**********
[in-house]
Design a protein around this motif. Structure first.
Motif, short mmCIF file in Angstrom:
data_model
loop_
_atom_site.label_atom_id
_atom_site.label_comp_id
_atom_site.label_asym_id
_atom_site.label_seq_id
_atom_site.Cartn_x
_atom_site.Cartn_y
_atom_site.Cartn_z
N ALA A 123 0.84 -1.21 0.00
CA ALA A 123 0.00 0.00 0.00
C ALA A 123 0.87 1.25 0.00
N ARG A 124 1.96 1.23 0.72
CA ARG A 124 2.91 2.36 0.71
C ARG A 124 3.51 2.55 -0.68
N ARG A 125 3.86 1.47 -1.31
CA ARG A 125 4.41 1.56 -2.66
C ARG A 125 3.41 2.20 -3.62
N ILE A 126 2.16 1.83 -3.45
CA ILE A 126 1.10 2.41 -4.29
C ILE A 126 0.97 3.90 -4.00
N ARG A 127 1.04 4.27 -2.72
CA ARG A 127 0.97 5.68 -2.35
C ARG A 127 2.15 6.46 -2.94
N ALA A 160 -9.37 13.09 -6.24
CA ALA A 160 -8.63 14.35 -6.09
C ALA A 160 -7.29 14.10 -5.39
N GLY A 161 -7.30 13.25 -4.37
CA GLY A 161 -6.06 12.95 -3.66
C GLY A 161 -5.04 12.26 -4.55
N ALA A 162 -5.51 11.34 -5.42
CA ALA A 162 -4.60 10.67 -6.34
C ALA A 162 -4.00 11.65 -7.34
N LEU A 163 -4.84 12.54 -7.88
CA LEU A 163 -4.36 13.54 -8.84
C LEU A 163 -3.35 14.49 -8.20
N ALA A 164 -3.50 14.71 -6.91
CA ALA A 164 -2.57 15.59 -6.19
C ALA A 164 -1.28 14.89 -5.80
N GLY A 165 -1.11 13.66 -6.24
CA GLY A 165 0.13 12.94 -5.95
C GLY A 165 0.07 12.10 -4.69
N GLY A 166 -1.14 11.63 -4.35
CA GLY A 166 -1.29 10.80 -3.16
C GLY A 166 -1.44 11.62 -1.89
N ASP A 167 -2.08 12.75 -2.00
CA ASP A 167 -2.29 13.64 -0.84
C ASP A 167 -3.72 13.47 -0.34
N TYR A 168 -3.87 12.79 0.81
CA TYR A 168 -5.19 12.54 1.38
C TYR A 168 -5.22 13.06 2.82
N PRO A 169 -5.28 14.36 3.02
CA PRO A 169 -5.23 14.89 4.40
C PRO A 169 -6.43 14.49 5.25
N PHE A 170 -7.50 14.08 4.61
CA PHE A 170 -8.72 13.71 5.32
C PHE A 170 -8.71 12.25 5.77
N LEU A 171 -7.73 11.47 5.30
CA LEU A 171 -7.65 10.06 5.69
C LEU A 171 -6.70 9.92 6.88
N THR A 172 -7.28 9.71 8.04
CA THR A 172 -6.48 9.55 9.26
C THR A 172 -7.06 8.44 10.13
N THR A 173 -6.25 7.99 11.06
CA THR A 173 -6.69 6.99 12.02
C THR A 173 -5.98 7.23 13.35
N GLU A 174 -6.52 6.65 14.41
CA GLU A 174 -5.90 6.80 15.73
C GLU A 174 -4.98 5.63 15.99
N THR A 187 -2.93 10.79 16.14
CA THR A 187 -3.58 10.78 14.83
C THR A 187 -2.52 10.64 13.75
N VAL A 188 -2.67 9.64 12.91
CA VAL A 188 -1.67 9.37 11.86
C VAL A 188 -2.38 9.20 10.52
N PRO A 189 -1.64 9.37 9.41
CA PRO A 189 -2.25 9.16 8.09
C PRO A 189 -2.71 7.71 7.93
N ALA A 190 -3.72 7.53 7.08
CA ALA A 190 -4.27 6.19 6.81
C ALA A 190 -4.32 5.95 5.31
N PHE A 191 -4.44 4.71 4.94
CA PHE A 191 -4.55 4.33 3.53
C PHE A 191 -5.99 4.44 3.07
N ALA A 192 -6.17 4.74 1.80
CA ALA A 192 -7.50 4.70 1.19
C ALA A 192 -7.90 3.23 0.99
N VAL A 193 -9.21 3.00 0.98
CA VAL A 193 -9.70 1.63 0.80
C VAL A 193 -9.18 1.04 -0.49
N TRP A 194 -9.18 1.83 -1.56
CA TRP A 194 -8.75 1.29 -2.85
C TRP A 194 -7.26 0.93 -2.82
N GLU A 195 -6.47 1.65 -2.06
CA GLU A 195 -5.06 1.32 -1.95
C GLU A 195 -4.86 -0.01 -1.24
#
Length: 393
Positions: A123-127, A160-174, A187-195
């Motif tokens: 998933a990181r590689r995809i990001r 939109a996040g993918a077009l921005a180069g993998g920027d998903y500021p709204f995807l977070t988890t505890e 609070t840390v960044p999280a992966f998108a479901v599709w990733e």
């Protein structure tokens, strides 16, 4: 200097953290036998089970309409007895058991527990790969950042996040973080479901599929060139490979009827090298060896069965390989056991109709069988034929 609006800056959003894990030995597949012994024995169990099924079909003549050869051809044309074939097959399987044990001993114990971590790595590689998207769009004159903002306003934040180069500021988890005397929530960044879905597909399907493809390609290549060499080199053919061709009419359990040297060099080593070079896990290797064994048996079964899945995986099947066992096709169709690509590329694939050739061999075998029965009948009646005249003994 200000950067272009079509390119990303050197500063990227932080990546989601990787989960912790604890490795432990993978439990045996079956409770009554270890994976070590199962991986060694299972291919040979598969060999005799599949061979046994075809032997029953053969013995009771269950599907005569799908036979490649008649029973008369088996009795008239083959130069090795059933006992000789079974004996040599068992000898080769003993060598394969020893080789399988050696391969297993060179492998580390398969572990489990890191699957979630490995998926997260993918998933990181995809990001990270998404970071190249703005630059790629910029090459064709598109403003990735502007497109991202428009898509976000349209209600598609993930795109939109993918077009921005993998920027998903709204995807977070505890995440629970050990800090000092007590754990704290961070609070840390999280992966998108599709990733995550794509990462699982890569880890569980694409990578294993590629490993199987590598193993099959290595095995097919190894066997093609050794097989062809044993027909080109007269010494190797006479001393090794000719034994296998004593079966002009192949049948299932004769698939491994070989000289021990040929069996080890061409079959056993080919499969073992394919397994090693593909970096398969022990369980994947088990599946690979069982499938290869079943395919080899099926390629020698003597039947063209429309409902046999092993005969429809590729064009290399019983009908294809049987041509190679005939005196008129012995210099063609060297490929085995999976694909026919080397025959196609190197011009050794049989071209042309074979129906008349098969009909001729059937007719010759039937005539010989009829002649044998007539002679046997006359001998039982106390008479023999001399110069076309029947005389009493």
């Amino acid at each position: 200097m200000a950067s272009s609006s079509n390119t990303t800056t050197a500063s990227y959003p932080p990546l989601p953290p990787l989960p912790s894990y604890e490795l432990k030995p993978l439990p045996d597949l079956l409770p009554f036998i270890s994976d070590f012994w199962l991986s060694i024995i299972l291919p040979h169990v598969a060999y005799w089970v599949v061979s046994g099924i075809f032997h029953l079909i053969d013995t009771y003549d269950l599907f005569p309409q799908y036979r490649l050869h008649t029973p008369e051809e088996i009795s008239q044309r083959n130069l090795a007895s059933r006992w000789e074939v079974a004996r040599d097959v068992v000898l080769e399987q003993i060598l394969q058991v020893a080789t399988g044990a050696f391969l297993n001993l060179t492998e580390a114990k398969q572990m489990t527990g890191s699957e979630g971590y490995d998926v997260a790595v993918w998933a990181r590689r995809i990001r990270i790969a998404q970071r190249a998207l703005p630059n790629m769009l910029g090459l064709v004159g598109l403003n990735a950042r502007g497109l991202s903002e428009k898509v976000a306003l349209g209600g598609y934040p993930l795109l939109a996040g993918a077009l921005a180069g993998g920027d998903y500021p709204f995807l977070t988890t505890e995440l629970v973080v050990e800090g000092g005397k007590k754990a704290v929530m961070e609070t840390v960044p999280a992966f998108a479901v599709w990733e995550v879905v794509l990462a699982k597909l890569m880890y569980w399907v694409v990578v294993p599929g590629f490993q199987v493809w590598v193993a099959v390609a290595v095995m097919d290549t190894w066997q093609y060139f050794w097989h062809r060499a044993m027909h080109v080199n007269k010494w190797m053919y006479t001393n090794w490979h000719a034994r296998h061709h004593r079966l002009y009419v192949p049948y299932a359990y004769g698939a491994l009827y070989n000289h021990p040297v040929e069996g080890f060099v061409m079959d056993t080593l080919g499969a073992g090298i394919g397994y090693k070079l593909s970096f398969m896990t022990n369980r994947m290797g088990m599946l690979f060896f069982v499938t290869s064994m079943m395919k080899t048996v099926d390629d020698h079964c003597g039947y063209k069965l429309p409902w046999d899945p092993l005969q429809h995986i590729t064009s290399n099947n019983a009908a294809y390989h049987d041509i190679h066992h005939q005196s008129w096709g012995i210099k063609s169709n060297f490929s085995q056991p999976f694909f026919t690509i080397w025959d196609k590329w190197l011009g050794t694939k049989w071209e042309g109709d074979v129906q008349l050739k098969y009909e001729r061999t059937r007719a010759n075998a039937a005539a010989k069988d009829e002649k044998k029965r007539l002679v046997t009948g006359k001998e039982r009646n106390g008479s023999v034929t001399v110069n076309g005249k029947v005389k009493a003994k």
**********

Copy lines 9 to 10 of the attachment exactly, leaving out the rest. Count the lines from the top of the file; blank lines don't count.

_atom_site.label_seq_id
_atom_site.Cartn_x